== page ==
Hazel Blears said changes in communities could generate unease
White working class people on some estates feel their concerns about immigration are ignored, Communities Secretary Hazel Blears has said.
She called for a greater effort to challenge "myths" from the far right.
It follows a report suggesting many white people on estates in England feel the government has abandoned them.
For the Conservatives, Baroness Warsi called for an end to policies based on "special needs identity" and a focus on "real core problems".
The study involved interviews of 43 people in Birmingham, Milton Keynes, Norfolk and Cheshire.
The interviews took place on four, predominantly white, housing estates and found people felt a sense of resentment, unfairness and betrayal.
The report said a lack of discussion about concerns had created an atmosphere where rumours spread by the far-right were soon believed to be true.
Ms Blears told the BBC the research showed it was important to get the debate out in the open, to stop the far right from "peddling myths" such as suggestions that immigrants got priority in social housing.
This should be a call to focus on the real core problems of worklessness, debt, welfare dependency, family breakdown and drug and alcohol abuse
Baroness Warsi Shadow social cohesion minister
"The vast majority of people who come to this country have to go into the private rented sector, they don't get council housing" she said.
"There are an awful lot of myths about that people can come into this country, they can get a council house, they get grants for thousands of pounds - a lot of that is simply not true."
But she said, in some parts of the country housing allocation policies were "not as transparent as they should be" and politicians had to be "visible" to address the issues.
The report found it was on matters of housing allocation, that white people felt they were most discriminated against.
Facts which it also highlighted included:
• There was a link between deprivation and apparent hostility to minorities. People who have the least are more likely to be afraid of things being taken away from them
• Few of the people questioned had regular contact with ethnic minorities
• People did not understand integration and thought it was about migrants becoming "like us"
• Respondents found it difficult to talk about their concerns openly for fear of offending or being criticised as racist
Tracey Phillips, a member of the National Community Forum, oversaw the report. She told the BBC: "People told us that they feel they can't say, talk about the things that really bother them for fear of being accused of being racist and that political correction stops any kind of discussions.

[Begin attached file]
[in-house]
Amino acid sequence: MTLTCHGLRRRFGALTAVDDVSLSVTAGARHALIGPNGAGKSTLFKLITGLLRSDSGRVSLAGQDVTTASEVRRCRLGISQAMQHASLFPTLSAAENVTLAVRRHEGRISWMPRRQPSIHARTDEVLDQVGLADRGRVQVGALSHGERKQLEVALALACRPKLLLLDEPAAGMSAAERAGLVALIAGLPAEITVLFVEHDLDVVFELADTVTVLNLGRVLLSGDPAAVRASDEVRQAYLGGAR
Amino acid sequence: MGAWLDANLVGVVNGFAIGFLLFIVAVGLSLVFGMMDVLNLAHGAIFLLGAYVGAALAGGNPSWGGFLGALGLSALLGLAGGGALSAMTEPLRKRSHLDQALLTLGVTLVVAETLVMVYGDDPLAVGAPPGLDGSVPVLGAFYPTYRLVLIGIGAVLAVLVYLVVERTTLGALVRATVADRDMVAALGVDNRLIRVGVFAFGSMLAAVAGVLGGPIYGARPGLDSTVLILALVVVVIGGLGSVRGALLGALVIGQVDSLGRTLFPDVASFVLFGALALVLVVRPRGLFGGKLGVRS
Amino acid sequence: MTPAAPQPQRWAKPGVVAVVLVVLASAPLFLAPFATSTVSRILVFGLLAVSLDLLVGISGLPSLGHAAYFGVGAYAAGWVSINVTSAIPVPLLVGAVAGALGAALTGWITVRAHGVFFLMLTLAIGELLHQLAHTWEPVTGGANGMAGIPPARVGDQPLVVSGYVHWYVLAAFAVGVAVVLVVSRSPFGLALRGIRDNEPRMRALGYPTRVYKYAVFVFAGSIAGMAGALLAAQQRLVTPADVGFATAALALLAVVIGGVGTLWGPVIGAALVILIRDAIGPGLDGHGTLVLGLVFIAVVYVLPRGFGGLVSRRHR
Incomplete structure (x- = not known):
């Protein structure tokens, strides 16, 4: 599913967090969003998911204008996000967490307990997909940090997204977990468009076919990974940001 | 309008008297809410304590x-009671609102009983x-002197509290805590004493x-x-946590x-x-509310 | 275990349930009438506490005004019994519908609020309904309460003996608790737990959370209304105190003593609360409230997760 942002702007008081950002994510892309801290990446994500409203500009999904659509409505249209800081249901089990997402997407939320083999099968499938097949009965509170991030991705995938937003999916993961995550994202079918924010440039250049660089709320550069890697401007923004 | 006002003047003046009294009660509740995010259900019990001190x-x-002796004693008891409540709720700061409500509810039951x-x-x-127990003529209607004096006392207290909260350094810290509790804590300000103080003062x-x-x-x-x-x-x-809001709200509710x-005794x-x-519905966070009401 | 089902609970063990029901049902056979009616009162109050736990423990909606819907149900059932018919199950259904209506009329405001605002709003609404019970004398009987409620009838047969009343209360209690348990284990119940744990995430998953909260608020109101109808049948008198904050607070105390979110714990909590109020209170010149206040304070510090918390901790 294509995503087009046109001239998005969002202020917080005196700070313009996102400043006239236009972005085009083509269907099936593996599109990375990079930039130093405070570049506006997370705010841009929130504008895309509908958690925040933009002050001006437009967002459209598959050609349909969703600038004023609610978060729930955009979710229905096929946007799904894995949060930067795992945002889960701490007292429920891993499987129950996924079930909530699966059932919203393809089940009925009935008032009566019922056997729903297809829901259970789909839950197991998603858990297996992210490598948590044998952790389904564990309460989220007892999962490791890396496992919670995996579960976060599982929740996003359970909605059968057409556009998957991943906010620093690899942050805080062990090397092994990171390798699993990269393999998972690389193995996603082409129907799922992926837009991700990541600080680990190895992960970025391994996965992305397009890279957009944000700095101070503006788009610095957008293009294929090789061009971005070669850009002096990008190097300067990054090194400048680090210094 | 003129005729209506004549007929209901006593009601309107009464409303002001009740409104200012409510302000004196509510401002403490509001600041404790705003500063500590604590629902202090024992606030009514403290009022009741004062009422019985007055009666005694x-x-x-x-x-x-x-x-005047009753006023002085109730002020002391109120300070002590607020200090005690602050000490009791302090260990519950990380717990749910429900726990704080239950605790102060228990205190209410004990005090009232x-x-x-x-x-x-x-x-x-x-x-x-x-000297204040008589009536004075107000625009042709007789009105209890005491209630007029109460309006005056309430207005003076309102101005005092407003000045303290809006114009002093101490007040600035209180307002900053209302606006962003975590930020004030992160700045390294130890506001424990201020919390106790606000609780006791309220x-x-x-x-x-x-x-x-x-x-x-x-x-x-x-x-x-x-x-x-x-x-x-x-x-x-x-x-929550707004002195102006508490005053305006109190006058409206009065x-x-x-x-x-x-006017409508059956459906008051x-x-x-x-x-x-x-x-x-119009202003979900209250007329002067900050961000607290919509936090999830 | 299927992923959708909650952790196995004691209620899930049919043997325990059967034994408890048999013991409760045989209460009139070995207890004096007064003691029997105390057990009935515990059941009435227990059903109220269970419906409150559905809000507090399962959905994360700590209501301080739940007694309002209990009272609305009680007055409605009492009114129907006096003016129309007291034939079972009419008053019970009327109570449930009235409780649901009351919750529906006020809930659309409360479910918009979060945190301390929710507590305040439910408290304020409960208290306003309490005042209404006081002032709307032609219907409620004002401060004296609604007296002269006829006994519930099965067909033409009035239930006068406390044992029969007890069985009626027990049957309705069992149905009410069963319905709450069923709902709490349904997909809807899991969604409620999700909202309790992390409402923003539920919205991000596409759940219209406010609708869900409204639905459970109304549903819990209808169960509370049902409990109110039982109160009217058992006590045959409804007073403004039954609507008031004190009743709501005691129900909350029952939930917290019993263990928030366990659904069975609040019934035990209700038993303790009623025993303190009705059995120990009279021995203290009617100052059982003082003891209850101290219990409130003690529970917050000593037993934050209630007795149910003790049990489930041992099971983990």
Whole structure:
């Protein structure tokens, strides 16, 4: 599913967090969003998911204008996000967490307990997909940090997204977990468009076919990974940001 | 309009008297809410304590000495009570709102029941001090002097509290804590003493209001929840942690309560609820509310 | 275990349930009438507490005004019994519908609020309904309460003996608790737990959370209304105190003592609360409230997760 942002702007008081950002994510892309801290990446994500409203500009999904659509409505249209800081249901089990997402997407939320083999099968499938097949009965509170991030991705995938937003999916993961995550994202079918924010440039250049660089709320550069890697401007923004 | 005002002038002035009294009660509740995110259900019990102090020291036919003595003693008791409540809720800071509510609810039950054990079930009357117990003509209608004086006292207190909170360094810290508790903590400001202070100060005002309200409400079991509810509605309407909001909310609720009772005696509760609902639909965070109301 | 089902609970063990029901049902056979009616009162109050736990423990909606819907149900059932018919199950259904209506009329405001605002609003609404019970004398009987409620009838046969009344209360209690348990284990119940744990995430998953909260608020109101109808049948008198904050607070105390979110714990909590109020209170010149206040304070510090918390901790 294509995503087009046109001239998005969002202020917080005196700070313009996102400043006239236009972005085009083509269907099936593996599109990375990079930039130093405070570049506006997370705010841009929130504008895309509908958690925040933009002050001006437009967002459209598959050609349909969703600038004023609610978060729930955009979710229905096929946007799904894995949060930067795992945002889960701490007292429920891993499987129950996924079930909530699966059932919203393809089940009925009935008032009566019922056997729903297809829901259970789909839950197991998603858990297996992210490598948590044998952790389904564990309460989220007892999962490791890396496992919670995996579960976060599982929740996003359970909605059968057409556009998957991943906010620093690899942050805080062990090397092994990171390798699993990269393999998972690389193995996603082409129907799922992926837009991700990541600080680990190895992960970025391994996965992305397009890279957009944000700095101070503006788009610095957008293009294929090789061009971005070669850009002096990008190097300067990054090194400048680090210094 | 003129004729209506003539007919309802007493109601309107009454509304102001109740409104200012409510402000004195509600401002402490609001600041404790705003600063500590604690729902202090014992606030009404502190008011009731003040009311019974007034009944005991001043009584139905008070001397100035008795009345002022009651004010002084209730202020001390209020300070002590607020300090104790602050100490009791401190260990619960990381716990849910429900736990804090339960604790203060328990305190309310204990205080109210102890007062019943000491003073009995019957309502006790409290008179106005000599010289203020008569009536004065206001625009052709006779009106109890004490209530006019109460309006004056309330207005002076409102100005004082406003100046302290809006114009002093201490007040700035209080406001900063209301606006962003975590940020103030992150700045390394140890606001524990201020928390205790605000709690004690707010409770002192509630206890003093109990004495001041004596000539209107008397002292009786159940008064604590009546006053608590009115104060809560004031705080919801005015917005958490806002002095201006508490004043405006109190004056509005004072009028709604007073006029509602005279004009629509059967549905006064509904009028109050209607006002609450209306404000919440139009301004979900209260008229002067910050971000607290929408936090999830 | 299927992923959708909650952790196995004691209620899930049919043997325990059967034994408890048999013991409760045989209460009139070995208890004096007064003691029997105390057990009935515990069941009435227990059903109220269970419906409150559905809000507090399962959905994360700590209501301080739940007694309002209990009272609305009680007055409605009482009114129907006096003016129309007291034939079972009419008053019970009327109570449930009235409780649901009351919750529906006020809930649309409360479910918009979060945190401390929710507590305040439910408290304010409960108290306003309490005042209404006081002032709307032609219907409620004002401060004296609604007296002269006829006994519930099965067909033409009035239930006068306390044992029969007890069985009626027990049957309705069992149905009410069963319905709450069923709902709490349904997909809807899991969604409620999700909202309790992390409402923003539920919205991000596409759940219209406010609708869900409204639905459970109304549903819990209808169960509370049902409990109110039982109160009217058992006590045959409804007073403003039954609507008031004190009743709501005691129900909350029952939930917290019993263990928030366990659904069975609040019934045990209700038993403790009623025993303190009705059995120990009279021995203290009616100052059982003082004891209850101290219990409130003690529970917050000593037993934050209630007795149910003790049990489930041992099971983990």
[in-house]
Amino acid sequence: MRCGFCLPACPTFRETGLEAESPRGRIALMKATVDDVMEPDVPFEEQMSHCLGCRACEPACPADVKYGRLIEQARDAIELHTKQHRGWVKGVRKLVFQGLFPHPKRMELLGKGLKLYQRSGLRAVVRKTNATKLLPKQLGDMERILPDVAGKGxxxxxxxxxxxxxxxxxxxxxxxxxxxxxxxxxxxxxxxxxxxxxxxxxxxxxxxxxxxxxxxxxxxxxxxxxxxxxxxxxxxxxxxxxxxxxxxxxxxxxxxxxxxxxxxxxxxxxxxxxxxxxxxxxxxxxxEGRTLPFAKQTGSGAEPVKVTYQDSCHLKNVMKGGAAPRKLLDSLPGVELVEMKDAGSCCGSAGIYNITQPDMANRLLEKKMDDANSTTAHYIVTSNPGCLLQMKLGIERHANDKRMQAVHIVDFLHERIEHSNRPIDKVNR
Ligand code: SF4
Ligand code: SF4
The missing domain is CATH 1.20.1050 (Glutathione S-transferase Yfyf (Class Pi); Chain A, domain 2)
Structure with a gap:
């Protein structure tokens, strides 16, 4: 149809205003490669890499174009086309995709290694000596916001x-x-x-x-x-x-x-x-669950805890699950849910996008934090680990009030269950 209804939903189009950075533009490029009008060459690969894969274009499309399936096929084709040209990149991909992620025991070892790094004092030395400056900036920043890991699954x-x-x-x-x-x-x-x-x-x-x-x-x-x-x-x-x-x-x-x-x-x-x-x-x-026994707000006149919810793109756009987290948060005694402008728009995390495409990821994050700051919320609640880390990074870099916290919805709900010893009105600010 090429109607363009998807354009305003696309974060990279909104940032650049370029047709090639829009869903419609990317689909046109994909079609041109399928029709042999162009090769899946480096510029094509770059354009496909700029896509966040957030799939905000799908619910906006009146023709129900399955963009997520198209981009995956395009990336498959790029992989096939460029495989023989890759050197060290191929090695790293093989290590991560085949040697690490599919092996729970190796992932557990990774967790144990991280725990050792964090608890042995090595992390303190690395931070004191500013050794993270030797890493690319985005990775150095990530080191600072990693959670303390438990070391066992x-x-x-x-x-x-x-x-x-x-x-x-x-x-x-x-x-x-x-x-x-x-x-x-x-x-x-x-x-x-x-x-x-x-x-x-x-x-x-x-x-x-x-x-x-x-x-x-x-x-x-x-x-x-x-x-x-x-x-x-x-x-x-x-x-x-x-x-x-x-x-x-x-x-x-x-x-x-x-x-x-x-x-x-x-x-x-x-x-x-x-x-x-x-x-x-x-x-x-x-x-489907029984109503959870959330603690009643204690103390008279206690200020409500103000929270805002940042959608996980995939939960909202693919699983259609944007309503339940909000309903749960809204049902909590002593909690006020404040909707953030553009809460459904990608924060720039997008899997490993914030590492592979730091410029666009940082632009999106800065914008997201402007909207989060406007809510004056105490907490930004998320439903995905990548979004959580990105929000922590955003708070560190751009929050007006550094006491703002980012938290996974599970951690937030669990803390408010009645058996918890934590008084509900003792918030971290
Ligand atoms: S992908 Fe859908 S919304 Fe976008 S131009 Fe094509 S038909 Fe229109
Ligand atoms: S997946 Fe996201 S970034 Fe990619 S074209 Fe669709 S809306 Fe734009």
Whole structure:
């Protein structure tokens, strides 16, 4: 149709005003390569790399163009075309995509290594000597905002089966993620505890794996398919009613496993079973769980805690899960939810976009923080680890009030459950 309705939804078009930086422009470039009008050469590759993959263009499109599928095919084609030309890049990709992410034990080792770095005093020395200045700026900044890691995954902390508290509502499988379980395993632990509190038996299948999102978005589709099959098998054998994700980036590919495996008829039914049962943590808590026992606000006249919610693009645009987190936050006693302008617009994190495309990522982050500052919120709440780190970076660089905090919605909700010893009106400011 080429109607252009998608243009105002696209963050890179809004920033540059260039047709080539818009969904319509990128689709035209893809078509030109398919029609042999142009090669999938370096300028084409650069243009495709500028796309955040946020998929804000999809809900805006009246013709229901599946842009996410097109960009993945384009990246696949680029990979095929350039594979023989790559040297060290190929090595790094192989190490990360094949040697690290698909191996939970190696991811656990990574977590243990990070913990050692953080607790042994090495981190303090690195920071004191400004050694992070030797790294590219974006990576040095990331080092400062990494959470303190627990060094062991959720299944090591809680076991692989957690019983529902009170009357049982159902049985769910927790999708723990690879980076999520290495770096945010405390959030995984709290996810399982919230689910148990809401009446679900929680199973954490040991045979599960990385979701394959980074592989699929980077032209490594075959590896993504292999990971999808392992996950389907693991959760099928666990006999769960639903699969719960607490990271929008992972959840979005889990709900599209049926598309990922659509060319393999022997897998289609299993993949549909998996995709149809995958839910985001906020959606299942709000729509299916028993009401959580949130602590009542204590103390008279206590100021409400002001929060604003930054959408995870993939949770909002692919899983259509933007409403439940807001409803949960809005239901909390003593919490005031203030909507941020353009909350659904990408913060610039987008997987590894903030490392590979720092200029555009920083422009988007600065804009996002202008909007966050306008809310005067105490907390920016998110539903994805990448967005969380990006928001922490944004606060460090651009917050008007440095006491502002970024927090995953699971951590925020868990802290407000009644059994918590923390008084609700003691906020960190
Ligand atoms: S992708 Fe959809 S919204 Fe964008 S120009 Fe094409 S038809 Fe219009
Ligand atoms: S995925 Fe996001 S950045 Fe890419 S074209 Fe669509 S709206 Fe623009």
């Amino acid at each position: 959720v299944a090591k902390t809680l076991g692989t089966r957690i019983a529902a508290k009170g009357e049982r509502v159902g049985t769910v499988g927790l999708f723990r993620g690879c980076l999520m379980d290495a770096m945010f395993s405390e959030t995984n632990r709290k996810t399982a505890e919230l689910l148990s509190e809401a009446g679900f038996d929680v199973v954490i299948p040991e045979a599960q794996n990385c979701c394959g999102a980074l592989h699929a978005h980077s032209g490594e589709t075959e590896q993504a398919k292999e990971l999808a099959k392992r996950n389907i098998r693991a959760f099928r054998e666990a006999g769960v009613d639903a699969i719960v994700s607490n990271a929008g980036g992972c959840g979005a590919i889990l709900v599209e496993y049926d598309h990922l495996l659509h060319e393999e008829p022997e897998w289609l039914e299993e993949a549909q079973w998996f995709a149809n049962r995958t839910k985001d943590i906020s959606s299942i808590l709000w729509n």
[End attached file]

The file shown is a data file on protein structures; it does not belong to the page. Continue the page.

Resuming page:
"And as a result of that, myths build up and stories come about about how resources are allocated and that's where we get stories about queue jumping."
Hazel Blears: 'There are an awful lot of myths about'
The report also found some felt resentment towards people who were better off than them.
Ms Blears told the BBC: "Where people are struggling and they've got very little, it's not surprising that those people are the people who feel sometimes threatened by change."
In areas which have seen regeneration, people felt less resentful, she said.
But she warned white working-class people "sometimes just don't feel anyone is listening" and have an "acute" fear of the impact of migration.
Baroness Warsi, the Conservatives' community cohesion spokeswoman, said Labour had "completely lost touch with their so-called roots".
"The danger for the rest of us is that this has now created a ticking time bomb of racial and class prejudice," she said.
She added: "I do hope they take the right lessons from this and not use it as an excuse to go down the line of a new 'white relations industry' now to be built on yet another 'special needs identity' .
"This should be a call to focus on the real core problems of worklessness, debt, welfare dependency, family breakdown and drug and alcohol abuse."
Communities ministers are to hold a seminar with other government departments, councils already tackling this issue and leading academics.
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